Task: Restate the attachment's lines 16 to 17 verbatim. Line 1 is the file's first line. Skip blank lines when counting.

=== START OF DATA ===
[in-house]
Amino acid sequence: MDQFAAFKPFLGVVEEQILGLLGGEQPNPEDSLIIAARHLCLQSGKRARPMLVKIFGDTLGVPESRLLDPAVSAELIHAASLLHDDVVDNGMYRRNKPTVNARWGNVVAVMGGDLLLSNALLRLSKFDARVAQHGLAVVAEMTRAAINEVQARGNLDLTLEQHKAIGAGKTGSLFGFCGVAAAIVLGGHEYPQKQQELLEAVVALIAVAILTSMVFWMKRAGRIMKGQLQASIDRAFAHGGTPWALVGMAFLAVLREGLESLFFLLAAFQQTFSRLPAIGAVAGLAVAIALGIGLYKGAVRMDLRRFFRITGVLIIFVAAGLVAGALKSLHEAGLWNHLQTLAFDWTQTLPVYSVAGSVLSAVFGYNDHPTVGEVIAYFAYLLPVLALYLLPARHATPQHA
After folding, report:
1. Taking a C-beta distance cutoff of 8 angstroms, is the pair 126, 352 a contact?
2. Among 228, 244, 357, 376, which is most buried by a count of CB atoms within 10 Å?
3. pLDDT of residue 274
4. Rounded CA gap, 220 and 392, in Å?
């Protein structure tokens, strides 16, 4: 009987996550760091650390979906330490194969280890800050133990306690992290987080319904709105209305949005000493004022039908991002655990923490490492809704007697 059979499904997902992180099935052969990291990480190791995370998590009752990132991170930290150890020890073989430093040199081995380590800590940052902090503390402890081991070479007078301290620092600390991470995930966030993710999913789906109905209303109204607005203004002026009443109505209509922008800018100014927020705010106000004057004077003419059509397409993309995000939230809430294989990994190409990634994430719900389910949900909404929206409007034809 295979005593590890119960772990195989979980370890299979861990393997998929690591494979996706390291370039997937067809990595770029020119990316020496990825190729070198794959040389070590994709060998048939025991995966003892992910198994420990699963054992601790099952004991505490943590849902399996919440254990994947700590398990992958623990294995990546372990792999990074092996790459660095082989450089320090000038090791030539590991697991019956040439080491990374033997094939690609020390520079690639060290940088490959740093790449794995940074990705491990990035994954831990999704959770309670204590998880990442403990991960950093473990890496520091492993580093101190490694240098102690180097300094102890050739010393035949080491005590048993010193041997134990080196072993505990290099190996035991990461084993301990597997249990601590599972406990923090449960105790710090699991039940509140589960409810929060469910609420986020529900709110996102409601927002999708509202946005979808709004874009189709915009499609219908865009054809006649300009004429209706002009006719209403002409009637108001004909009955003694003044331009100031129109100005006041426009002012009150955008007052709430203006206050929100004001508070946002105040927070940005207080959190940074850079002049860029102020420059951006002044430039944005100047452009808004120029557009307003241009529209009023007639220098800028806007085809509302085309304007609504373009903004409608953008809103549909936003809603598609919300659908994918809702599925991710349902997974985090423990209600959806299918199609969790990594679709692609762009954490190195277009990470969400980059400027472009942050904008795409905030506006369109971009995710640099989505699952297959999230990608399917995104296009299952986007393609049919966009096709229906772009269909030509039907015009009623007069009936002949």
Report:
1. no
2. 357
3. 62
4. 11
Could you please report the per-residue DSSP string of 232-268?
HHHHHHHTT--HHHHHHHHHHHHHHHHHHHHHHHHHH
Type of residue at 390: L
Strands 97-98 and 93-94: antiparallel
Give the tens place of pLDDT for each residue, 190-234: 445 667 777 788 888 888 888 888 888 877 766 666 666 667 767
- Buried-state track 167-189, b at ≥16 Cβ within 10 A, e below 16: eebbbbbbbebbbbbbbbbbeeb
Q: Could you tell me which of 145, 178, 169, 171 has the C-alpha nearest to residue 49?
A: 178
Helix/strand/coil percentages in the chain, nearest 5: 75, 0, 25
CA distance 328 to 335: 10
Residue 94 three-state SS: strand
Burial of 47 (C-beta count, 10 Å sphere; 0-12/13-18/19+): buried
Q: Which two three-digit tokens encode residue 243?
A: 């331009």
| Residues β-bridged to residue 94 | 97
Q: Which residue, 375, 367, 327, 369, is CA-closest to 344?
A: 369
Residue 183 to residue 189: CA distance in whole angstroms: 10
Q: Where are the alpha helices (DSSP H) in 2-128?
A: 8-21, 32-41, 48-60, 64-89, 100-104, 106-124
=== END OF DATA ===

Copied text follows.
Type of residue at 390: L
Strands 97-98 and 93-94: antiparallel